Recently, Politico reported that former Treasury undersecretary Randy Quarles will likely be nominated as the Federal Reserve’s top bank regulator. Since a potential Quarles appointment is viewed by some as a continuation of “business as usual” at the Fed, it’s prudent to revisit the Fed’s recent ineptitude that has shrunk its credibility.
This Friday, the Bureau of Economic Analysis will release its early estimate of how the U.S. economy performed in the first quarter of 2017. Adding greater intrigue, the Federal Reserve’s economic forecasts are all over the place.
The Fed’s confusion over the health of the economy is made public by contradicting models from two of its regional banks: New York and Atlanta. While the New York Fed predicts our economy expanded at a lukewarm 2.7 percent in the first quarter (just shy of our roughly 3 percent post-WWII average), the Atlanta Fed believes our economy expanded by only 0.5 percent, which would represent an economy teetering on recession.
While the Atlanta Fed and New York Fed models have varying inputs (and Fed officials look at numerous indicators before making policy adjustments), it’s still startling to see the enormous gap in conclusions one would draw based on these differing models.
The Fed’s apparent cognitive dissonance is even more worrying considering the power this bank holds over the economy. The Atlanta Fed’s and New York Fed’s respective models are roughly $350 billion apart — and that’s just for 3 months’ worth of economic activity.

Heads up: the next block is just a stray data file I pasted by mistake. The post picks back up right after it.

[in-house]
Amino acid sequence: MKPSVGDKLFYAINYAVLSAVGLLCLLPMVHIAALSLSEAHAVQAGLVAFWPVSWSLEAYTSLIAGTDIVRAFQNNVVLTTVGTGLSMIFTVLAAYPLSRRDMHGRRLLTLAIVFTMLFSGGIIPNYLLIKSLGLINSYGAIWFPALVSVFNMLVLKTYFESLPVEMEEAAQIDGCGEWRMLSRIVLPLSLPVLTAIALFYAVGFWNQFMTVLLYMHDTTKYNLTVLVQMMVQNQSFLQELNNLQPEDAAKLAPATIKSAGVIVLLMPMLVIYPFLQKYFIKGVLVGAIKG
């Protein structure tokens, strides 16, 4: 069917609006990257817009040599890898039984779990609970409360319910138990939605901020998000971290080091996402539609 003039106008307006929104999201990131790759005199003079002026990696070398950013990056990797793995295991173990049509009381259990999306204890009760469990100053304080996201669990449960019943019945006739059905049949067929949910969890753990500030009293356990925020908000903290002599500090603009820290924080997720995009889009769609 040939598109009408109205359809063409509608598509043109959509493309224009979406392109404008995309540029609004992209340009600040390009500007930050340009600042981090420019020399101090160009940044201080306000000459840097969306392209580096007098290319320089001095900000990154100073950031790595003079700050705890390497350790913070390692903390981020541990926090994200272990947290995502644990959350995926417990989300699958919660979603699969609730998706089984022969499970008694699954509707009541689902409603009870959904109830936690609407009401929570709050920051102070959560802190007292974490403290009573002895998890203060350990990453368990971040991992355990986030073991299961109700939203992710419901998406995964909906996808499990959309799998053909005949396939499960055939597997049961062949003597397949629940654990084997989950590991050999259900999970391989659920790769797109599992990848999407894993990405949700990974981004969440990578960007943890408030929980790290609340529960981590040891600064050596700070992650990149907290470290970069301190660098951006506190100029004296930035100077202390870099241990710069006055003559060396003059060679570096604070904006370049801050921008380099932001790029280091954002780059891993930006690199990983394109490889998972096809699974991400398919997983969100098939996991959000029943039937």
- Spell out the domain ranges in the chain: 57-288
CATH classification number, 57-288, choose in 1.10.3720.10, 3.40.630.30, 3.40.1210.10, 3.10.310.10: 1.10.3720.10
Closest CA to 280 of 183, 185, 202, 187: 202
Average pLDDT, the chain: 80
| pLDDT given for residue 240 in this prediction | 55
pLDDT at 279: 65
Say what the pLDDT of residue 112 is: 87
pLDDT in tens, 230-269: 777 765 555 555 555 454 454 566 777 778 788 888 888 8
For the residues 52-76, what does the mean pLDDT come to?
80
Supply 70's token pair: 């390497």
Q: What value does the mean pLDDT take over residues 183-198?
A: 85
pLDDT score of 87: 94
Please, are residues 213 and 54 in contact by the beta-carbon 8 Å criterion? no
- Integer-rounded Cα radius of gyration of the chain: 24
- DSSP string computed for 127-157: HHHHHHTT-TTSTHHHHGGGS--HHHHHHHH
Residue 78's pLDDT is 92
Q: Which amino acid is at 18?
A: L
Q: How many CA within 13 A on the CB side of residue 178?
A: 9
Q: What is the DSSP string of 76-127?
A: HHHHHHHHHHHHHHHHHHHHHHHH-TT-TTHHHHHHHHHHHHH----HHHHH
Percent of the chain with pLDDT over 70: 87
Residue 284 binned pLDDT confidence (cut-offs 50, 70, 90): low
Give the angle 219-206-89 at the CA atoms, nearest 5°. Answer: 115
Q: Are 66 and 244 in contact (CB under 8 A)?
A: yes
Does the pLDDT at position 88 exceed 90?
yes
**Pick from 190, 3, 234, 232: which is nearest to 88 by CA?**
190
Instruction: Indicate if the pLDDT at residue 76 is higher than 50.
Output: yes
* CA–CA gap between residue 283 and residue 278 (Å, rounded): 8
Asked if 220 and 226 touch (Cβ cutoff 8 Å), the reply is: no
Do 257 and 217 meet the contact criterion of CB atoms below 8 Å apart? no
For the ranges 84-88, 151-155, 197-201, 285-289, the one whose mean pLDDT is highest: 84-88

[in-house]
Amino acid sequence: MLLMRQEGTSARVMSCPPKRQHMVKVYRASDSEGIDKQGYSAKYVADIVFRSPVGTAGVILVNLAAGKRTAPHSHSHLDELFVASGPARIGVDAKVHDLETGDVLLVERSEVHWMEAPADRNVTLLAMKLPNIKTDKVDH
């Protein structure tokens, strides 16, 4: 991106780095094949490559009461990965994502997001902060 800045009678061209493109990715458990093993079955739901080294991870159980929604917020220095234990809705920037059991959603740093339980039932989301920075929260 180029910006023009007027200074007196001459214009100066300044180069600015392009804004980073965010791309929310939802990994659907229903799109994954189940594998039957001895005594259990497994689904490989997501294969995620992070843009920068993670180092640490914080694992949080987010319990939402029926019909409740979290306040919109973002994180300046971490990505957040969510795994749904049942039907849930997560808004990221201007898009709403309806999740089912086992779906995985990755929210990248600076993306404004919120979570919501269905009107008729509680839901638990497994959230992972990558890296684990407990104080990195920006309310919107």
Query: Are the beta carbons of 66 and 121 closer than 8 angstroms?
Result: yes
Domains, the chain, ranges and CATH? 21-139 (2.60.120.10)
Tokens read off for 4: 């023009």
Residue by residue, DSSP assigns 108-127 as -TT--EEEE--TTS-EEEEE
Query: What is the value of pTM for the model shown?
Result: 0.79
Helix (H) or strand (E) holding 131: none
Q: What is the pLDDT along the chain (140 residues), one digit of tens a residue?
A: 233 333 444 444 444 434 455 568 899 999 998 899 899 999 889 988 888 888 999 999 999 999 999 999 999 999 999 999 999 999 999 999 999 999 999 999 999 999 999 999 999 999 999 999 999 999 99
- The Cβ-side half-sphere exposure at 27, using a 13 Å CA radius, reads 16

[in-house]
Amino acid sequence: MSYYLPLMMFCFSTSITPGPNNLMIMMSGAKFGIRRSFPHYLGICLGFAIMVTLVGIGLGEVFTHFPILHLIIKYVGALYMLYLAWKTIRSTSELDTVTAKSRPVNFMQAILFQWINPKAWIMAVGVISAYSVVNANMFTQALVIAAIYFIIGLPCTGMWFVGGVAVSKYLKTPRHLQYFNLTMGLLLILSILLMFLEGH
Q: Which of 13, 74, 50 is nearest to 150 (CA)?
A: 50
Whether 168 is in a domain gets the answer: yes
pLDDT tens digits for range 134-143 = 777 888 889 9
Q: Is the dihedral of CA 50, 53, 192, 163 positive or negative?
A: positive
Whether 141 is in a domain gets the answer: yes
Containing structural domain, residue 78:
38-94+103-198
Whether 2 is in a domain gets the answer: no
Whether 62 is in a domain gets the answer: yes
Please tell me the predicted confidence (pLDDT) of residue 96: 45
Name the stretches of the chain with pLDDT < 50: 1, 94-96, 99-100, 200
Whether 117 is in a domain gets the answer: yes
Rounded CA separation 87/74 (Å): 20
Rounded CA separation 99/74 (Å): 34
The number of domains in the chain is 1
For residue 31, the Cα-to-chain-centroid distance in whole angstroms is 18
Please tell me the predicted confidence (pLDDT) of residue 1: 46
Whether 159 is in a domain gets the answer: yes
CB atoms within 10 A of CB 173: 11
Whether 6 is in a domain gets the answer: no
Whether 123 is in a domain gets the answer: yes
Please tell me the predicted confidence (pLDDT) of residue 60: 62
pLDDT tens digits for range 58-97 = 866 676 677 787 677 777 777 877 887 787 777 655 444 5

The opposing models provide evidence that the Fed is not the all-knowing economic juggernaut it positions itself to be. The Fed’s inability to gauge the health of the economy was also on display last year, when the Fed was forced to scale back its anticipated four interest rate hikes to one due to slower economic growth than anticipated.
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Often, the Fed’s prognostications appear to be little more than economic cheerleading. As Business Insider stated, “The Federal Reserve has been infamously overoptimistic about the US economy in recent years, prompting them to frequently revise down their forecasts for economic growth as the year progresses.”
Additionally, Reuters noted:
Actual GDP growth in both 2011 and 2012 was lower than the most pessimistic forecast among Fed policymakers’ full range of predictions. Since 2010, the midpoint of the central tendency has been on average 0.8 percentage points too high.
In 2010 the midpoint of policymakers’ predictions was 3.3 percent for 2011. Actual GDP growth was 1.7 percent. In 2011 the midpoint of forecasts was 2.7 percent for 2012 and the outcome was 1.3 percent.
The Fed’s long history of faulty predictions led Ralph Benko at Forbes.com to remind us:
If NASA suffered from comparable inaccuracy the manned spaceflight program would have been shut down by an endless series of Challenger-type catastrophes many years ago. With forecasts this bad is it any wonder the American economy continually crashes and burns?
Hopefully President Trump will take a bold approach to transforming a central bank whose business-as-usual performance is marred by internal confusion and failed analysis. It’s time to bring fundamental change to the gang that can’t shoot straight.
Photo credit: Justin Ladia via Flickr, CC BY 2.0